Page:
Every dentist has to stare down a number of broken, fractured, and chipped teeth in his or her career. Thankfully, dentists also have the training and skills to fix these damaged teeth. More often than not, the cusps, or pointy outcroppings of tooth bone, are the damaged part on molar teeth. If you have chipped a molar in this fashion, the following is what you can expect your dentist to do. 

It Starts With a Bite Wing X-Ray

While your dentist can certainly shine a flashlight into the newly formed crevasse of your chipped molar, a dental x-ray can really give the dentist a good view and a good idea of the extent of the damage. The x-ray reveals if the chipped cusp has affected the rest of the molar or if it has reached down into the nerve of the tooth. If it looks like most of the rest of the tooth is fine, then your dentist can proceed with the course of treatment that he/she feels is appropriate. If there is more damage, such as a fractured molar that is broken down to the pulp of the tooth, swelling in the gums around the molar (which indicates infection in the tooth), or decay, the dentist may have to take a different course of action to repair more than just the chipped and missing cusp. 

Then Your Dentist Forms a Treatment Plan

There are a number of ways this treatment plan could go. For the sake of argument, say that you have one of two treatment pathways. Either you have a simple cusp break/chip, or you have a cusp break/chip with more severe underlying issues. 

A simple cusp break/chip cannot simply be filled like a cavity. You might think that, considering that it is a break with a hole in the side or back of the molar. However, your dentist will explain to you that simply filling this hole and building up the area where the broken cusp once was will only result in that built-up and restored area chipping off and breaking again sometime in the future. A proper restoration in this case is to put a cap or crown on the tooth. Your dentist will have to schedule a two- or three-hour block of time to file down the tooth and create the stump of tooth on which to place the crown/cap. You may have to return a second time to the dental office to have the crown/cap affixed to the molar stump.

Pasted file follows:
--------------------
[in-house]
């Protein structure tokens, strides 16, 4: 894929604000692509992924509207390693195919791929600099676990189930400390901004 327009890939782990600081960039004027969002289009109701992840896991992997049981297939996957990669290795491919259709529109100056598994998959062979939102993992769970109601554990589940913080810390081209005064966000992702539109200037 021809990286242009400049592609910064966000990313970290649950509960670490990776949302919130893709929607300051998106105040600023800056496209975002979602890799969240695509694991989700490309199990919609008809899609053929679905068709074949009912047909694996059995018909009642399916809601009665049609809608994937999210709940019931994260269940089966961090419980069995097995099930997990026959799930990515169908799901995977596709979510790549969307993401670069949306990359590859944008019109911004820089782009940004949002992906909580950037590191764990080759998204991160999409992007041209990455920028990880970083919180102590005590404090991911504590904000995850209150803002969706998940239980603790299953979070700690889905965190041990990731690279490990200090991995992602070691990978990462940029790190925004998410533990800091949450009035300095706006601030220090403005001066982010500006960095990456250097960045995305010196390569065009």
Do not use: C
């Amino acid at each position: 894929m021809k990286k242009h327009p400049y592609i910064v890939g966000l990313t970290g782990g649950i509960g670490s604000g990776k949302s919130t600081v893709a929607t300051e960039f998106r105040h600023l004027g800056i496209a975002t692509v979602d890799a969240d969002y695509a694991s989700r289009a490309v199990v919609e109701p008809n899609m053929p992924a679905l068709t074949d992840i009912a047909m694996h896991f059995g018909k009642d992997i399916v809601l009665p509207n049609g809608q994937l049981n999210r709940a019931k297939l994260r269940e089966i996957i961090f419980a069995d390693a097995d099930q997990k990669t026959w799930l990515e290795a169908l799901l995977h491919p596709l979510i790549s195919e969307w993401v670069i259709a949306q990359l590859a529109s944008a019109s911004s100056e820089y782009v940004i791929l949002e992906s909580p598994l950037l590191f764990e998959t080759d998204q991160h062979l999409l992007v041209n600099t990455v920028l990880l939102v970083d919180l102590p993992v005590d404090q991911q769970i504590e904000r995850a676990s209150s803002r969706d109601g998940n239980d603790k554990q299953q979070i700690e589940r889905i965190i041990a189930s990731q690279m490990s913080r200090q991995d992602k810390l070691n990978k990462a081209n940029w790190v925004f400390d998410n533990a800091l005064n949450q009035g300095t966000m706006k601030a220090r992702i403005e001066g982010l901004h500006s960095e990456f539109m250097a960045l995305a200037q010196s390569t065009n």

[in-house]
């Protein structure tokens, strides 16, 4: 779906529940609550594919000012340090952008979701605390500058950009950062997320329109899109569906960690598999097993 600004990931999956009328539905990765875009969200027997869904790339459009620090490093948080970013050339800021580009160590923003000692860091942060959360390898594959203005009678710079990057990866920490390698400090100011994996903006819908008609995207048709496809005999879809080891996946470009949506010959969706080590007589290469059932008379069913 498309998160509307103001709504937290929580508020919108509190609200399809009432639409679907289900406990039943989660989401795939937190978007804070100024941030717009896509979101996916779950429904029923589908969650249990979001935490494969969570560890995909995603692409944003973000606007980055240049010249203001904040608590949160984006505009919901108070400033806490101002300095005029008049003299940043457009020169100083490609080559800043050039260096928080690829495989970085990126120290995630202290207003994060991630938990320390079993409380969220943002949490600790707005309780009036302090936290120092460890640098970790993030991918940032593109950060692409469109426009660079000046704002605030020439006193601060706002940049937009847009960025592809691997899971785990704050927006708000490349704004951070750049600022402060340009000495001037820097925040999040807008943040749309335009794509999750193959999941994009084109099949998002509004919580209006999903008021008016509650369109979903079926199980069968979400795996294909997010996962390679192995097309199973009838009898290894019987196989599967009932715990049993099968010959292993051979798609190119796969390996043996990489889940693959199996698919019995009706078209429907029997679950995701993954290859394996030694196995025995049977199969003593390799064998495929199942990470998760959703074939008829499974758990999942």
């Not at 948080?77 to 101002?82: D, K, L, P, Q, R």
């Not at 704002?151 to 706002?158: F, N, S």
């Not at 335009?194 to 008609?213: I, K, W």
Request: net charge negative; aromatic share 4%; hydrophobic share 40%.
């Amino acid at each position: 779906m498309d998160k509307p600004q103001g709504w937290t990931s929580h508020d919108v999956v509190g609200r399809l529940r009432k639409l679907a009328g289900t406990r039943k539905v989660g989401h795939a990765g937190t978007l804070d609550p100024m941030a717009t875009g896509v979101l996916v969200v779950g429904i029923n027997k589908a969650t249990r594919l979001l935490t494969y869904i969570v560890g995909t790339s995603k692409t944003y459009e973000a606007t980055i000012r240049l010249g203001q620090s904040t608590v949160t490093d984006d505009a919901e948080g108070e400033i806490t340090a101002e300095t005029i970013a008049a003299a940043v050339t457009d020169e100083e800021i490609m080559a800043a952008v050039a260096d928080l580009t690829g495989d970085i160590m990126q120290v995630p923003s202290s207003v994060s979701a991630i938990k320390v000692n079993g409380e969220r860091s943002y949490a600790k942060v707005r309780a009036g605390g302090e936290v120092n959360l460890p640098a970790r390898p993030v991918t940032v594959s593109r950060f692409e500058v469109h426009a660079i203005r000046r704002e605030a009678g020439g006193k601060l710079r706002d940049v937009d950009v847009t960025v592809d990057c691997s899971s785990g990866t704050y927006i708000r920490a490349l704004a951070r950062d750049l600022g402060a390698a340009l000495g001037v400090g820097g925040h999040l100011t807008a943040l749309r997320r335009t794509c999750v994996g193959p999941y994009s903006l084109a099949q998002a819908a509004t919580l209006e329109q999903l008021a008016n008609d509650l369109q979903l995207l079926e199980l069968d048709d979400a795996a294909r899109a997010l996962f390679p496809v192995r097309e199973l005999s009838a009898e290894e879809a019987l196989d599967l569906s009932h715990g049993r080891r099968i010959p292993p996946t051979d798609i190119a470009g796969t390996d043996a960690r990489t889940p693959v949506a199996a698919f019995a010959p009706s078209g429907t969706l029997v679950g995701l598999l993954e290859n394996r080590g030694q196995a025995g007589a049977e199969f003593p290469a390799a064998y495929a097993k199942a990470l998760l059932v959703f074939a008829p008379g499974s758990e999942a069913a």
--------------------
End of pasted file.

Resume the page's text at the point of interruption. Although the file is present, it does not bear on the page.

A more complex cusp break with decay underneath an older filling, several fractures in the tooth itself, and/or an exposed nerve requires multiple treatment steps. First and foremost, your dentist will recommend that you have the old filling removed so they can address the underlying decay. Then the hairline fractures or obvious fractures in the tooth have to be sealed before the dentist can sand the tooth down into a stump. If there is nerve damage and/or signs of infection in the tooth, a root canal may be required. Then your dentist has to build up the stump just enough to affix a crown/cap. This treatment plan may require up to four separate visits to complete. 

Finally, Payments Are Made

As with any dental procedure, your dentist will expect payment upon completion of services. Ask your dentist what types of payment options are available, given what your insurance will pay and the remaining costs to you. Most dentists will take payment plans and credit card payments. Some dentists also offer special financing or dental credit cards to help you cover the costs of restoring your molar and its broken cusp. 

Contact a dentist in your area for more information.